David Walliams
The comedian joined as a judge on the hit ITV series 'Britain's Got Talent' in 2012 and remained as a permanent panellist for a decade. Henry Nicholls/Reuters

One of Britain's best-known comedians, David Walliams, has filed a High Court case against FremantleMedia, the production company behind the popular ITV series 'Britain's Got Talent' (BGT) following his sudden exit in January due to leaked comments he made about contestants.

The 52-year-old comedian and children's author joined as a judge on GBT back in 2012 and would remain as a permanent panellist for a decade.

Last year, a leaked transcript from behind-the-scenes of GBT showed that Walliams had made several sexually explicit and derogatory remarks about contestants, whilst he was also heard disparaging a female contestant during the recording of an episode in January 2020.

It was only November last year when the comedian admitted to and apologised for making the "disrespectful comments" about two contestants during a shoot in 2020.

Microphones used primarily to record discussions between the judges picked up the comments.

In a statement at the time, Walliams, embroiled in controversy, added that the dialogue from the transcripts "were private conversations and — like most conversations with friends — were never intended to be shared. Nevertheless, I am sorry".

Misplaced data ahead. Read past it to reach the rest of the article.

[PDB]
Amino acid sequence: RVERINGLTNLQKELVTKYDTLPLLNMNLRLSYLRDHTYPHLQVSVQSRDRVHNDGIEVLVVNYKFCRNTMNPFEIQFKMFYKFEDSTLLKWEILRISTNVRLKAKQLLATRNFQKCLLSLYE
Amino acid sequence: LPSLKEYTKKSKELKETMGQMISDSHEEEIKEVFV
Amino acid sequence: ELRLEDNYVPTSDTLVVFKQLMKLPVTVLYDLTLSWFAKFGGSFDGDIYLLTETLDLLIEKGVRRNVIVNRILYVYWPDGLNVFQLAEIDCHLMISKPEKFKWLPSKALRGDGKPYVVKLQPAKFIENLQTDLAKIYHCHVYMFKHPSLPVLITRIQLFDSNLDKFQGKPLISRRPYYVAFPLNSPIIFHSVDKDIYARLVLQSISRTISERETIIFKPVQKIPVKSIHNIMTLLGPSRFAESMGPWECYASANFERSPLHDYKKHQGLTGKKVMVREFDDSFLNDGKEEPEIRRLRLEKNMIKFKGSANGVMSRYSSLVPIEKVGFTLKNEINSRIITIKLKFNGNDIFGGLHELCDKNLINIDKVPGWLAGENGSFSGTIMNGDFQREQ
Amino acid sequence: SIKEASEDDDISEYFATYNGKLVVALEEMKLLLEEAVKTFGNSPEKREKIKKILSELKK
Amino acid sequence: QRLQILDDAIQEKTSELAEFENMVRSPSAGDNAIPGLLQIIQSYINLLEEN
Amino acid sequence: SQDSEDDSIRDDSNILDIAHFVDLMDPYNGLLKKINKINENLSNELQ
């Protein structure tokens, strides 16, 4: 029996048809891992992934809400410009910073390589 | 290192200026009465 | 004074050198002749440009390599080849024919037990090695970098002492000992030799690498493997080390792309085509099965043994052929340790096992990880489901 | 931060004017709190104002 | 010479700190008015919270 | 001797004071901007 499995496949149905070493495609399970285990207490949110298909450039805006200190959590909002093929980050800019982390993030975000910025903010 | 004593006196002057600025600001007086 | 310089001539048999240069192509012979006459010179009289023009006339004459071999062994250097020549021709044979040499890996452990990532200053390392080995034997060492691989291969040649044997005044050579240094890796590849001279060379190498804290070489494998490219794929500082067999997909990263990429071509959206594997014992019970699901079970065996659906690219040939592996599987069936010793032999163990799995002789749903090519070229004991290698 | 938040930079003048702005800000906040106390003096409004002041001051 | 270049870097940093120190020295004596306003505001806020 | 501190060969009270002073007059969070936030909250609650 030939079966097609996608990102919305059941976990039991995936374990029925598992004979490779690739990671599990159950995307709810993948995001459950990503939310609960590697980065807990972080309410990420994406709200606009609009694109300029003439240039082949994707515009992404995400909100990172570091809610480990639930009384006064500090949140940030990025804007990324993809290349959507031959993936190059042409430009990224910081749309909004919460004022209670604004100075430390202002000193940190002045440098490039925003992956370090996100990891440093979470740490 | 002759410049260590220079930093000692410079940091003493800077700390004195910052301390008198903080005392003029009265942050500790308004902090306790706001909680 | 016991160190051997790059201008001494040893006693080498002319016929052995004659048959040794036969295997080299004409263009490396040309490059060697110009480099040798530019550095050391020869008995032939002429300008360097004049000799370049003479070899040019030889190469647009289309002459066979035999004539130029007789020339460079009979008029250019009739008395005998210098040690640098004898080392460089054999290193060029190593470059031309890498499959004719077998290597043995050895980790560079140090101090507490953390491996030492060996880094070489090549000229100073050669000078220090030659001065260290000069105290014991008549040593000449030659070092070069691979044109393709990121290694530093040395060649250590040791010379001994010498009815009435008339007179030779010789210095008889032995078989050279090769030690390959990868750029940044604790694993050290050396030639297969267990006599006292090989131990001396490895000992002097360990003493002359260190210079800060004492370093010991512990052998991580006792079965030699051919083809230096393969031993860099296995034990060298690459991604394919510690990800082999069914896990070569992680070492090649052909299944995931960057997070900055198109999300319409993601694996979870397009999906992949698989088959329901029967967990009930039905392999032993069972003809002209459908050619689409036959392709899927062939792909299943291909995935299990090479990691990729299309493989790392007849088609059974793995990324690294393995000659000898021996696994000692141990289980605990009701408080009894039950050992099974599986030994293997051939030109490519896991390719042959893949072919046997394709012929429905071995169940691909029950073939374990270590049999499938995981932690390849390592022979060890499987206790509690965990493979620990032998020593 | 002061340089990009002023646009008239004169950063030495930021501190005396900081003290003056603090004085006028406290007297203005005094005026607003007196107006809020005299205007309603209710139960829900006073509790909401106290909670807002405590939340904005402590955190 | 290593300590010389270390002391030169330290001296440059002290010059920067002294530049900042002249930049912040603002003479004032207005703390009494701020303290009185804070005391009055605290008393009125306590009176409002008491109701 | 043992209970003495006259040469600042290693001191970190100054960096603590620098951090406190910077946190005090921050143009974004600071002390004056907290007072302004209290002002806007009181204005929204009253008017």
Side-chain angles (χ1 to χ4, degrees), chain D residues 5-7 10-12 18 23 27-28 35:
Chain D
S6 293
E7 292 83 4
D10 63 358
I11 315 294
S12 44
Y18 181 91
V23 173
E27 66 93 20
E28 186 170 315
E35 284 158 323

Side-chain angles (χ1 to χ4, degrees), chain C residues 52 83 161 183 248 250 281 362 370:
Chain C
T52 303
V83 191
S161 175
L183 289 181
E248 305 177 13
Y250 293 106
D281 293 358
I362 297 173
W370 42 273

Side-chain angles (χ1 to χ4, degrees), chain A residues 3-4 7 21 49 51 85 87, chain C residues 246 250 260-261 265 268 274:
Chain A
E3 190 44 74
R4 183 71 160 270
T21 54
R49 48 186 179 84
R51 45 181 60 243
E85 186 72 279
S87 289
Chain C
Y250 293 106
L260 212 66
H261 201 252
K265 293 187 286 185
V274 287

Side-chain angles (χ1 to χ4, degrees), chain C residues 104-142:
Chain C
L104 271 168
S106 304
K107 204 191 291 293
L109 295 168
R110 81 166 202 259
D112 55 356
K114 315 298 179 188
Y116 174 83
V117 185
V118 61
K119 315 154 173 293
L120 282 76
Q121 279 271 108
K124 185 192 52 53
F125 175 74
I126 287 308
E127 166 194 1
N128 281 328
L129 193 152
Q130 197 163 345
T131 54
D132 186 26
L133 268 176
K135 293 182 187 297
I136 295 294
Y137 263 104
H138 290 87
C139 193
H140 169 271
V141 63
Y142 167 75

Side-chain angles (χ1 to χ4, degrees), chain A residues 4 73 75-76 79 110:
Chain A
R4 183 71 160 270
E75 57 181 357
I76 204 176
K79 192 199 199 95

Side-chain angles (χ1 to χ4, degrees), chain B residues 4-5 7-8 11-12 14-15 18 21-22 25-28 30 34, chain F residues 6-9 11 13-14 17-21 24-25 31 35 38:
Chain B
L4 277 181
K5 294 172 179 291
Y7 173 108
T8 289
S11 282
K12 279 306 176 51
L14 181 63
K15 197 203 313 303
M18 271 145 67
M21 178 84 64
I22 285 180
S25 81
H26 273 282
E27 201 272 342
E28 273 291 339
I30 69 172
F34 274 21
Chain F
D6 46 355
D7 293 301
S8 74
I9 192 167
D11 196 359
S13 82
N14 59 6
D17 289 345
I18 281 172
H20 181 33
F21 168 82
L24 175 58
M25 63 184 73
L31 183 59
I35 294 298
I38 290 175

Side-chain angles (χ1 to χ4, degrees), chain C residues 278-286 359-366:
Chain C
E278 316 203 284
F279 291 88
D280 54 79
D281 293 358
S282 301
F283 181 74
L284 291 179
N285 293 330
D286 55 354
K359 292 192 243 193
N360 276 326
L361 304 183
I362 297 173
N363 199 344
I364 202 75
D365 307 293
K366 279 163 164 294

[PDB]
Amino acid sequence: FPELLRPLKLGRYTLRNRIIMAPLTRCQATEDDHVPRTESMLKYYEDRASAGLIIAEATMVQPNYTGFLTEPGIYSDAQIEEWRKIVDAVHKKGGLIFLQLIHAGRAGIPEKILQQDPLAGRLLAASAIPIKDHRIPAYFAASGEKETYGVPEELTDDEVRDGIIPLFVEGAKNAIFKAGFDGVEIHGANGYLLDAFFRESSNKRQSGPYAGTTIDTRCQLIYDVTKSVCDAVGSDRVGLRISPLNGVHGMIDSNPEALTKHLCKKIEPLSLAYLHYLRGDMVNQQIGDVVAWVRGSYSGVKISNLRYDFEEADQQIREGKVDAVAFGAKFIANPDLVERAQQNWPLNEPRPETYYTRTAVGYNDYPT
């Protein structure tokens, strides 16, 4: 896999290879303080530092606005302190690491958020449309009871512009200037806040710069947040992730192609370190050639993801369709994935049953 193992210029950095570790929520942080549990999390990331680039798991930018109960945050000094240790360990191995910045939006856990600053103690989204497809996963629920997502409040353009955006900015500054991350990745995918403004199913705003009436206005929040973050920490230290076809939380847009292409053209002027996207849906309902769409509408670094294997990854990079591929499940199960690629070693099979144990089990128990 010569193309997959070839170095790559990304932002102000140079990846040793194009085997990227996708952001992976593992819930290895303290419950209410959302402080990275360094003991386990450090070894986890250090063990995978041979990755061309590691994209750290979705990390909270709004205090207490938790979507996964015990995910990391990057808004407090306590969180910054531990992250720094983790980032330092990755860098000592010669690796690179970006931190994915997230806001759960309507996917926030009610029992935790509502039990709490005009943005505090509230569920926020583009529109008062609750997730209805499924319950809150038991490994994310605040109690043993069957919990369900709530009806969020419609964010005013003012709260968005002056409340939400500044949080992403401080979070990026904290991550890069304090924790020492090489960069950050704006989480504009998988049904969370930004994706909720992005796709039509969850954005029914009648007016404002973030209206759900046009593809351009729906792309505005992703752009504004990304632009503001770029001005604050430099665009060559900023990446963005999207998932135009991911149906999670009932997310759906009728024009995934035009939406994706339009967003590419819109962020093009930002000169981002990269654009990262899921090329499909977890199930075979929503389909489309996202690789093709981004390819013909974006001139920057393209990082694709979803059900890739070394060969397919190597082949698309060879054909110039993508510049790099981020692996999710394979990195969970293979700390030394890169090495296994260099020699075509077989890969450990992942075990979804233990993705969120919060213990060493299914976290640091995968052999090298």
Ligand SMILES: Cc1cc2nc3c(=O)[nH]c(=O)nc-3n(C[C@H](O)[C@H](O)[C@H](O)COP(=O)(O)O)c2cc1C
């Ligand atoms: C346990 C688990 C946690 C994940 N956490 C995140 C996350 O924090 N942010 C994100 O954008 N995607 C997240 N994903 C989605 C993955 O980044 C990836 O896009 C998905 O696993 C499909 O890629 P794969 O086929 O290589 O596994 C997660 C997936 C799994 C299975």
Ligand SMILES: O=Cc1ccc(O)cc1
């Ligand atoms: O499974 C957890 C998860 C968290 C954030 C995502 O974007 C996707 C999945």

Thames TV, the production company that is part of FremantleMedia, said that the company regarded Walliams' comments as private, but his language was deemed "inappropriate".

Lawyers for Walliams and Thames TV added that these comments were part of a private conversation that was never intended to be broadcast.

In their own statement after the incident, Thames TV said: "Even though it was private, those involved have been spoken to and reminded of their responsibilities and the show's expectations as to future professional conduct."

ITV Studios also issued their own statement, saying: "We do not condone the language outlined in these allegations, and we have spoken to the producers of Britain's Got Talent."

"Duty of care towards all participants on any of our programmes is always of paramount importance and we have protocols and guidelines in place for all our production partners," they continued.

Consequently, Walliams left the show last November, being quickly replaced by former Strictly Come Dancing judge, Bruno Tonioli, who joined the judging panel alongside Simon Cowell, Amanda Holden and Alesha Dixon.

Incidentally, Cowell, who is also one of the show's producers, broke his silence regarding Walliams' exit in April, stating that he "didn't really get involved in the decision".

He continued: "From what I understand, he decided to take a step back. It all happened relatively quickly. I was on holiday and then the next thing is I'm having conversations about who's going to take his place."

Now, the comedian is seeking significant compensation from FremantleMedia, with legal paperwork suggesting that he is accusing the company's bosses of leaking his rude and sexually explicit comments to newspapers.

The case has been listed not just under the comedian's real name, David Edward Williams, but also as dealing with data protection. However, no further details have been disclosed at this time.

To prepare for the proceedings, the comedian has hired an intellectual property law company, Brandsmiths, which specialises in breaches of data protection.

As of yet, FremantleMedia has declined to comment on the lawsuit.